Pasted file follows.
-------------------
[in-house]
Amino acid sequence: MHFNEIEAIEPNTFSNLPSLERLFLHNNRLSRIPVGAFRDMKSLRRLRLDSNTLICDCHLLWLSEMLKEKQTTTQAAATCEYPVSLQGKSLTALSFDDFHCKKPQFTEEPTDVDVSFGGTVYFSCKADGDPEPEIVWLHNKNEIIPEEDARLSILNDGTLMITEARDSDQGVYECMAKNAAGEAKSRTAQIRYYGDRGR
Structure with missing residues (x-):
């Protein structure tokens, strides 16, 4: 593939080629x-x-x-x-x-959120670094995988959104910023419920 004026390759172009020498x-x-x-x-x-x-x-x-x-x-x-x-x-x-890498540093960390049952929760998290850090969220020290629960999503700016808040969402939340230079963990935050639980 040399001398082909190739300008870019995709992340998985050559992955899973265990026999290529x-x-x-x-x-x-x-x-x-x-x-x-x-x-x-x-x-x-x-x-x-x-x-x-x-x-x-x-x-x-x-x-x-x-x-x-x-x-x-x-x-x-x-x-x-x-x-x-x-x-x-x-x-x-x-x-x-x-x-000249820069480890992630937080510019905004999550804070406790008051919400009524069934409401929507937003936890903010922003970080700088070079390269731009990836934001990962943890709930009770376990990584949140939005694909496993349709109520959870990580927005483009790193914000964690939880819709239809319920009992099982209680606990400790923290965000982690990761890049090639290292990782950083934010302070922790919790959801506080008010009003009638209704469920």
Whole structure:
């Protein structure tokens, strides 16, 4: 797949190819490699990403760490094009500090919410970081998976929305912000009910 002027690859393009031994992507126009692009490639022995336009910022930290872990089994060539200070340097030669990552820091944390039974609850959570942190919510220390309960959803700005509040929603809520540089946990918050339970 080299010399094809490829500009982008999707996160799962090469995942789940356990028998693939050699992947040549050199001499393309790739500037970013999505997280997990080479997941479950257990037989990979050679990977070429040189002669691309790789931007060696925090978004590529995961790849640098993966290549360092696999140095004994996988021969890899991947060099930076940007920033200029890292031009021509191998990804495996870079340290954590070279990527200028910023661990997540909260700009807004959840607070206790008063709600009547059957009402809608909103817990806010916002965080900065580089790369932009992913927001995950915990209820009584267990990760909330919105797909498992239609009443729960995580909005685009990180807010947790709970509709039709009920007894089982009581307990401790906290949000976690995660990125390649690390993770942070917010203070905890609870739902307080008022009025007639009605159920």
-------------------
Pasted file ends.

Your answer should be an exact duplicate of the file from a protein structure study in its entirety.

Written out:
[in-house]
Amino acid sequence: MHFNEIEAIEPNTFSNLPSLERLFLHNNRLSRIPVGAFRDMKSLRRLRLDSNTLICDCHLLWLSEMLKEKQTTTQAAATCEYPVSLQGKSLTALSFDDFHCKKPQFTEEPTDVDVSFGGTVYFSCKADGDPEPEIVWLHNKNEIIPEEDARLSILNDGTLMITEARDSDQGVYECMAKNAAGEAKSRTAQIRYYGDRGR
Structure with missing residues (x-):
């Protein structure tokens, strides 16, 4: 593939080629x-x-x-x-x-959120670094995988959104910023419920 004026390759172009020498x-x-x-x-x-x-x-x-x-x-x-x-x-x-890498540093960390049952929760998290850090969220020290629960999503700016808040969402939340230079963990935050639980 040399001398082909190739300008870019995709992340998985050559992955899973265990026999290529x-x-x-x-x-x-x-x-x-x-x-x-x-x-x-x-x-x-x-x-x-x-x-x-x-x-x-x-x-x-x-x-x-x-x-x-x-x-x-x-x-x-x-x-x-x-x-x-x-x-x-x-x-x-x-x-x-x-x-000249820069480890992630937080510019905004999550804070406790008051919400009524069934409401929507937003936890903010922003970080700088070079390269731009990836934001990962943890709930009770376990990584949140939005694909496993349709109520959870990580927005483009790193914000964690939880819709239809319920009992099982209680606990400790923290965000982690990761890049090639290292990782950083934010302070922790919790959801506080008010009003009638209704469920």
Whole structure:
């Protein structure tokens, strides 16, 4: 797949190819490699990403760490094009500090919410970081998976929305912000009910 002027690859393009031994992507126009692009490639022995336009910022930290872990089994060539200070340097030669990552820091944390039974609850959570942190919510220390309960959803700005509040929603809520540089946990918050339970 080299010399094809490829500009982008999707996160799962090469995942789940356990028998693939050699992947040549050199001499393309790739500037970013999505997280997990080479997941479950257990037989990979050679990977070429040189002669691309790789931007060696925090978004590529995961790849640098993966290549360092696999140095004994996988021969890899991947060099930076940007920033200029890292031009021509191998990804495996870079340290954590070279990527200028910023661990997540909260700009807004959840607070206790008063709600009547059957009402809608909103817990806010916002965080900065580089790369932009992913927001995950915990209820009584267990990760909330919105797909498992239609009443729960995580909005685009990180807010947790709970509709039709009920007894089982009581307990401790906290949000976690995660990125390649690390993770942070917010203070905890609870739902307080008022009025007639009605159920």